Microscopic Battlefields The war against cancer and many other…

Microscopic Battlefields

The war against cancer and many other diseases is taking place on a microscopic battlefield. Successful diagnosis and treatment relies on being able to study the affected human tissue under a microscope, for example to determine whether the disease is spreading, or if a treatment is fighting it off. However, preparing tissue samples on microscope slides can be quite time and resource intensive. To help with this, scientists have developed a new inexpensive method of imaging fresh human tissue using ultraviolet light, called MUSE. It can produce high-resolution images of human tissue in minutes, without needing to use slides. MUSE was used to capture this image, which shows nerves (yellow) and fat cells (blue) in breast tissue. This simple technology has the potential to transform the way we do research, and ultimately help to make disease diagnosis quicker and more affordable in hospitals and labs when resources are limited.

Written by Gaëlle Coullon

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Flushed with Emotion Have you ever felt your face flush with…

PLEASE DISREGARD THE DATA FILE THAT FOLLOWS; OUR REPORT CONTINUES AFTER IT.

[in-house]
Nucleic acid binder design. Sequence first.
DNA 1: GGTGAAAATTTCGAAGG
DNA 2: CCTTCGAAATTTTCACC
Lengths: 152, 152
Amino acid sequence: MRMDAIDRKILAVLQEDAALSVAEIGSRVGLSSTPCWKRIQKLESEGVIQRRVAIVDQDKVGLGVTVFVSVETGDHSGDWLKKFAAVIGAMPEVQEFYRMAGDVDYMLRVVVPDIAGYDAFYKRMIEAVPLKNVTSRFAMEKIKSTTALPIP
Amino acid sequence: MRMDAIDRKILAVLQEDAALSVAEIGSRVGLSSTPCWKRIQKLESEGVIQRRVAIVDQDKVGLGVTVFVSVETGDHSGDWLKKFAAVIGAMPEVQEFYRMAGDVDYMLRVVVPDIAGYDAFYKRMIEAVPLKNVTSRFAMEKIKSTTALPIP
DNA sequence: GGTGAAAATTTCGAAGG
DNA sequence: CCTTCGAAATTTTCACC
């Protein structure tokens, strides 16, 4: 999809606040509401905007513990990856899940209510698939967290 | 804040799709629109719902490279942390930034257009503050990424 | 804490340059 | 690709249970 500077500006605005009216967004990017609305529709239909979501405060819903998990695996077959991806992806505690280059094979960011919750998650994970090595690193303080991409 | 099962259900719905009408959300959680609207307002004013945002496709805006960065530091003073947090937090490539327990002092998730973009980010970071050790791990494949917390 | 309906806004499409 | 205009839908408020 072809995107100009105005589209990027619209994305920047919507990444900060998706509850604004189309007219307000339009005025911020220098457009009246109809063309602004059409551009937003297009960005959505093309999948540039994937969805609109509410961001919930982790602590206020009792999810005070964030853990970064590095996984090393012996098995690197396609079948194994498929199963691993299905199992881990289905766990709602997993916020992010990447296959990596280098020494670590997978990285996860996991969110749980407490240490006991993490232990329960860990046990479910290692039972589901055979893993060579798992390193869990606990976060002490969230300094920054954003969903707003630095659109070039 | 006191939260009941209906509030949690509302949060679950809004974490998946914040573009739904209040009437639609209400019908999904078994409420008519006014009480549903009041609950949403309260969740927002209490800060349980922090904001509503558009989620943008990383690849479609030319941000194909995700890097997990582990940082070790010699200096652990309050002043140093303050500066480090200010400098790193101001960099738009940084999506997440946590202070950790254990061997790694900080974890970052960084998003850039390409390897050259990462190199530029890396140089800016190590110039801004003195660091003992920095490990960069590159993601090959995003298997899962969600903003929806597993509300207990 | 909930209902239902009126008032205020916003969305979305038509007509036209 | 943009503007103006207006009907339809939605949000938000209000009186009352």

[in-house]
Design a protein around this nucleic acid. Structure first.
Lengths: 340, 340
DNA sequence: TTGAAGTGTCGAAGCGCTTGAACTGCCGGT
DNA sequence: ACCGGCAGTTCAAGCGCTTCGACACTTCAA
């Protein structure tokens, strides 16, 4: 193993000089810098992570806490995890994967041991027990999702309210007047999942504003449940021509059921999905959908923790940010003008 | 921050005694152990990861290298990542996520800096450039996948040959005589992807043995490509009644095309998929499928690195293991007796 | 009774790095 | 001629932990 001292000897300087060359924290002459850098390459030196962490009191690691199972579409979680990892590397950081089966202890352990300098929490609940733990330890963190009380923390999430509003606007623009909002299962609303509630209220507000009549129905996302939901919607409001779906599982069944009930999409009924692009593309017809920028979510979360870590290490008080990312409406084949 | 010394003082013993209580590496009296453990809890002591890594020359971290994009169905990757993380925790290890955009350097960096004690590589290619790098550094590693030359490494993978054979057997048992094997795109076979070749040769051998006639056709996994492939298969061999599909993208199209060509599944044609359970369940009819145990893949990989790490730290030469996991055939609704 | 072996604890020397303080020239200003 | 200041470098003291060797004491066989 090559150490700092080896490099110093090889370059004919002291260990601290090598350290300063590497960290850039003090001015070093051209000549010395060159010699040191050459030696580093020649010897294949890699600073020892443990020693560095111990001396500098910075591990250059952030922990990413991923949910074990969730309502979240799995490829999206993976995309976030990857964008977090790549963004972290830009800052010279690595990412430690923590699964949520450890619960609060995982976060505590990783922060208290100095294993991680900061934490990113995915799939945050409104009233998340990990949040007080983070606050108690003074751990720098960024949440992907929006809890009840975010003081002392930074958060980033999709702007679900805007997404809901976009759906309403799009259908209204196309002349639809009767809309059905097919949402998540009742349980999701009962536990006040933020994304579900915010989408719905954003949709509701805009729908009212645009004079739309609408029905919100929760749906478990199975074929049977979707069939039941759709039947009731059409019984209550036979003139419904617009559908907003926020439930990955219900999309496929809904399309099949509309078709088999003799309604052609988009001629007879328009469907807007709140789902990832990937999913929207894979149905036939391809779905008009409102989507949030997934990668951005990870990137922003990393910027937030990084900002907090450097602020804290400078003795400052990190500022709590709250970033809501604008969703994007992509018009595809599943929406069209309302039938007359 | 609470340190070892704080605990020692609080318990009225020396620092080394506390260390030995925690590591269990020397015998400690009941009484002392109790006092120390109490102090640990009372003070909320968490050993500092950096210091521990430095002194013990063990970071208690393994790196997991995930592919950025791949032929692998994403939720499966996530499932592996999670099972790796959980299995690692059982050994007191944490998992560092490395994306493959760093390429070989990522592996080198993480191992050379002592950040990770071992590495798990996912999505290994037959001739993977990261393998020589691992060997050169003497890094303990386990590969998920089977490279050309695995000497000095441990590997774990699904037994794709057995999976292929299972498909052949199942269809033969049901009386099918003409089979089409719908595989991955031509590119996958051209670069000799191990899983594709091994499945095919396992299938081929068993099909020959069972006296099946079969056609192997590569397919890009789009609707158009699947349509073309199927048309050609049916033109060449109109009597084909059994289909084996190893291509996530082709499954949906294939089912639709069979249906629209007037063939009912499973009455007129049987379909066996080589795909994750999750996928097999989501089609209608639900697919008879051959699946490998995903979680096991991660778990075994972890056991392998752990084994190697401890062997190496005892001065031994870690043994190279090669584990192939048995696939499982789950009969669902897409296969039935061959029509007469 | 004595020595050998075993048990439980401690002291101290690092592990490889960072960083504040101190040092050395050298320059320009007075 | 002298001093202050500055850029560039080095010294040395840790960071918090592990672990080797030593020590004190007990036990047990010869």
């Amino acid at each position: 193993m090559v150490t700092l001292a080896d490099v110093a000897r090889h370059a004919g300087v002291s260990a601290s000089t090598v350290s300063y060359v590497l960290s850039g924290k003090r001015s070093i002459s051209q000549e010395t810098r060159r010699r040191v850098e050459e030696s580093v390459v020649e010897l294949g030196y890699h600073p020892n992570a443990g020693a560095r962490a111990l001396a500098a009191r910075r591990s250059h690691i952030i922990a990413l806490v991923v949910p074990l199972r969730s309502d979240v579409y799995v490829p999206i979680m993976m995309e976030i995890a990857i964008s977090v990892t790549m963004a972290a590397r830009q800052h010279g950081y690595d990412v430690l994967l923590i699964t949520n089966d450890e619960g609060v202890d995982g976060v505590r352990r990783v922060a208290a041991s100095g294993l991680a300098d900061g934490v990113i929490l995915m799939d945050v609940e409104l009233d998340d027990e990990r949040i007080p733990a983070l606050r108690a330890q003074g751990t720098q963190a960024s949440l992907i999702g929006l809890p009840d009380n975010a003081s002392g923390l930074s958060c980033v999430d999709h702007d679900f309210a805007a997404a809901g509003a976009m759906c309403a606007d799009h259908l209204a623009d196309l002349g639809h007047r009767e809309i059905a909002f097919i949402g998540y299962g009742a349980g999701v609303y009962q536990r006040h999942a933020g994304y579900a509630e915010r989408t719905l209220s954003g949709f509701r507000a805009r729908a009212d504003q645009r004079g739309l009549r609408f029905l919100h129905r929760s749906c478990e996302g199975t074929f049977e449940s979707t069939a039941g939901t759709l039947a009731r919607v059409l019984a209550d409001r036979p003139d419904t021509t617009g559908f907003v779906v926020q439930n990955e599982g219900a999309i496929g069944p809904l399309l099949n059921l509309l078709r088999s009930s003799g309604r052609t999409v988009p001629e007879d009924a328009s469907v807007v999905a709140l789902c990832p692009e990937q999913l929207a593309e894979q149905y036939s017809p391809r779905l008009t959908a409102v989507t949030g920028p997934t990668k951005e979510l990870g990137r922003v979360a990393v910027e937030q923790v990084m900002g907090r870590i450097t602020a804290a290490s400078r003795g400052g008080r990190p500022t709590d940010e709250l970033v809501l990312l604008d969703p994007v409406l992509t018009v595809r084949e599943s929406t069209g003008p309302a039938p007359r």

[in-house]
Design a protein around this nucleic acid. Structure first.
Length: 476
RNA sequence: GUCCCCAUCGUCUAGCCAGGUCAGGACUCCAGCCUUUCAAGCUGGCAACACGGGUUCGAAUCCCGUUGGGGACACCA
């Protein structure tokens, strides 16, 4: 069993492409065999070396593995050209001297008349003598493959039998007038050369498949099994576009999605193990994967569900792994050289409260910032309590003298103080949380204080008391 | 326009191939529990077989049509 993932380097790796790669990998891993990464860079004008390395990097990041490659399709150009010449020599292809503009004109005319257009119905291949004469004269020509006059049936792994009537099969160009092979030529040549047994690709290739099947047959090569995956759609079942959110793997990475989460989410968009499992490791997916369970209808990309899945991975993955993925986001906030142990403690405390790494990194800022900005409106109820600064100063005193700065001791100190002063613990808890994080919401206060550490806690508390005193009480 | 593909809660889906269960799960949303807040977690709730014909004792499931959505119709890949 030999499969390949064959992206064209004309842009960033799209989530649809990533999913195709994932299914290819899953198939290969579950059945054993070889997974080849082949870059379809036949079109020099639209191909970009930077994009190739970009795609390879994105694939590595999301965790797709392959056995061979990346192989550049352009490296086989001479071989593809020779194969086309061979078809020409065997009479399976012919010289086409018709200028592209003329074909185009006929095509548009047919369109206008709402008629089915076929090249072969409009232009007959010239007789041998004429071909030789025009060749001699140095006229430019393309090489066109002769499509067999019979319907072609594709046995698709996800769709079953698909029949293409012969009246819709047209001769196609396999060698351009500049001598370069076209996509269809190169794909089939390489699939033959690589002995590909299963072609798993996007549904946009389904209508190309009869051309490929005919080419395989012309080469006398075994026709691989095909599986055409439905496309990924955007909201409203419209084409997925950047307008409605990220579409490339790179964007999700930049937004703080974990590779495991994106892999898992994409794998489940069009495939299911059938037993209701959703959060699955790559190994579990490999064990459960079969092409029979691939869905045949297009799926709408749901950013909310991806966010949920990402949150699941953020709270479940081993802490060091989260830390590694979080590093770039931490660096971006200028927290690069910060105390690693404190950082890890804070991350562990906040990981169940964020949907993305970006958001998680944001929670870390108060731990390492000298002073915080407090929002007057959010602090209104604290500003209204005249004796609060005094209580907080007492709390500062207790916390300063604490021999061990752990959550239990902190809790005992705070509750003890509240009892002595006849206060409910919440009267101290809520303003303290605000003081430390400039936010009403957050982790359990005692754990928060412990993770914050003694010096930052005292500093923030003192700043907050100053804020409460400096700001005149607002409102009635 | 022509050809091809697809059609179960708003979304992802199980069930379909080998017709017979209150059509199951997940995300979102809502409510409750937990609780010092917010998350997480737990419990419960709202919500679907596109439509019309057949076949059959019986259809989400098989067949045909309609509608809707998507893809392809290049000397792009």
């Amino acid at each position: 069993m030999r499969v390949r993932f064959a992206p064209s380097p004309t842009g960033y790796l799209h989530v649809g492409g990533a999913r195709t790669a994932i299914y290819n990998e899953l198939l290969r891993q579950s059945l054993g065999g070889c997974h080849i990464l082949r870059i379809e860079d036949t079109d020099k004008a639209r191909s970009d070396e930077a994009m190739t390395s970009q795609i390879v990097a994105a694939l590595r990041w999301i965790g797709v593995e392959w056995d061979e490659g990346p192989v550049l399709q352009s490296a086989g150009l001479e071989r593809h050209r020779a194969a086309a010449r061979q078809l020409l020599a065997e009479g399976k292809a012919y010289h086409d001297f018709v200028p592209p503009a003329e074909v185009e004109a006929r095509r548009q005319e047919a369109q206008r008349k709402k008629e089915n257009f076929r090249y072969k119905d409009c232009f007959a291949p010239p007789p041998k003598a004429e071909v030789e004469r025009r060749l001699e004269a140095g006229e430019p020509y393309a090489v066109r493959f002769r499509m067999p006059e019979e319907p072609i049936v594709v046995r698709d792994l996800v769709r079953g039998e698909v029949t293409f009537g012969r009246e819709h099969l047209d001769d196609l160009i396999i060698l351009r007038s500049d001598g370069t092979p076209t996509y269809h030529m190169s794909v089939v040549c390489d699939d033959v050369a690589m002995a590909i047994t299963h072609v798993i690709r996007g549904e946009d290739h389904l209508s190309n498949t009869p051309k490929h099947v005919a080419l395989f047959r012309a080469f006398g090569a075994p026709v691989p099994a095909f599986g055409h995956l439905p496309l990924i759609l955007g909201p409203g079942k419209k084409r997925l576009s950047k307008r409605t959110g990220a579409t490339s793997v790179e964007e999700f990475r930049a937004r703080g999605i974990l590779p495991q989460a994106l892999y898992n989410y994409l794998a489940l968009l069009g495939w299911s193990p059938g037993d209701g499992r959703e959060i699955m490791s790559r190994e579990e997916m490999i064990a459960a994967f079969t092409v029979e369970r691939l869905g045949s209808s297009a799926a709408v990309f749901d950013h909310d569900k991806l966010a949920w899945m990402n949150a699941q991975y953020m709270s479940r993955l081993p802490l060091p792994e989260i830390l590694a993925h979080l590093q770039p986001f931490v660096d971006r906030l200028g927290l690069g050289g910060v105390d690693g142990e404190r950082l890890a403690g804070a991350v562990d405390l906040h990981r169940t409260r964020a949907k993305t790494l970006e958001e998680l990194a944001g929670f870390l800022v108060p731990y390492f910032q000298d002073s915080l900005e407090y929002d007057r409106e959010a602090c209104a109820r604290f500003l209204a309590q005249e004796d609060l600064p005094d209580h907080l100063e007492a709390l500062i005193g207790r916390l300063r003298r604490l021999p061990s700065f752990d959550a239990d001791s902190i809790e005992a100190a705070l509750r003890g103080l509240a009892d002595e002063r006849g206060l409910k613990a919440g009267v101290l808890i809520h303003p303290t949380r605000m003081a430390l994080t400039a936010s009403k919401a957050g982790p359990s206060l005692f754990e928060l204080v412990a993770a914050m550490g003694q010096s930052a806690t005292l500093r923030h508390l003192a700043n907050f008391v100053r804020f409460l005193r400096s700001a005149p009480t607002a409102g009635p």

Flushed with Emotion

Have you ever felt your face flush with embarrassment, or prickle with anger? Just as we recognise these feelings rising, it seems other people do too. Participants in a recent study were often able to spot emotions in strangers’ faces, from changes in blood flow around their cheeks, chin, nose, and eyebrows. The woman in this picture is making happy or angry expressions, but only in the left of each pair is she also producing the distinctive blood patterns associated with the true emotion (her happy cheeks in the top left, for example). While these patterns are universal across age, gender or race, we have different patterns for related emotions, such as ‘angry’ and ‘disgusted’ or ‘happy’ and ‘happily disgusted’ (respectively from the left in the maps bottom row). It’s possible that these subtleties may be missed by some sufferers of expressive agnosia, leading to confusion in reading emotion.

Written by John Ankers

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The last time human beings were far enough away from Earth to…

The last time human beings were far enough away from Earth to see the entire planet at once was December 7, 1972. That’s when the crew of Apollo 17 captured this photograph, which we now call “The Blue Marble.” For obvious reasons, today’s celebration of #EarthDayis one of the most meaningful days of the year for our team. We look forward to another year of searching for and sharing these vast perspectives with you – to inspire the powerful awe that comes when you experience the Overview Effect. We continue to believe that if we can wonder in these view more often, we’ll do what’s right and what’s necessary to protect our one and only home.

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Source imagery: NASA – National Aeronautics and Space Administration

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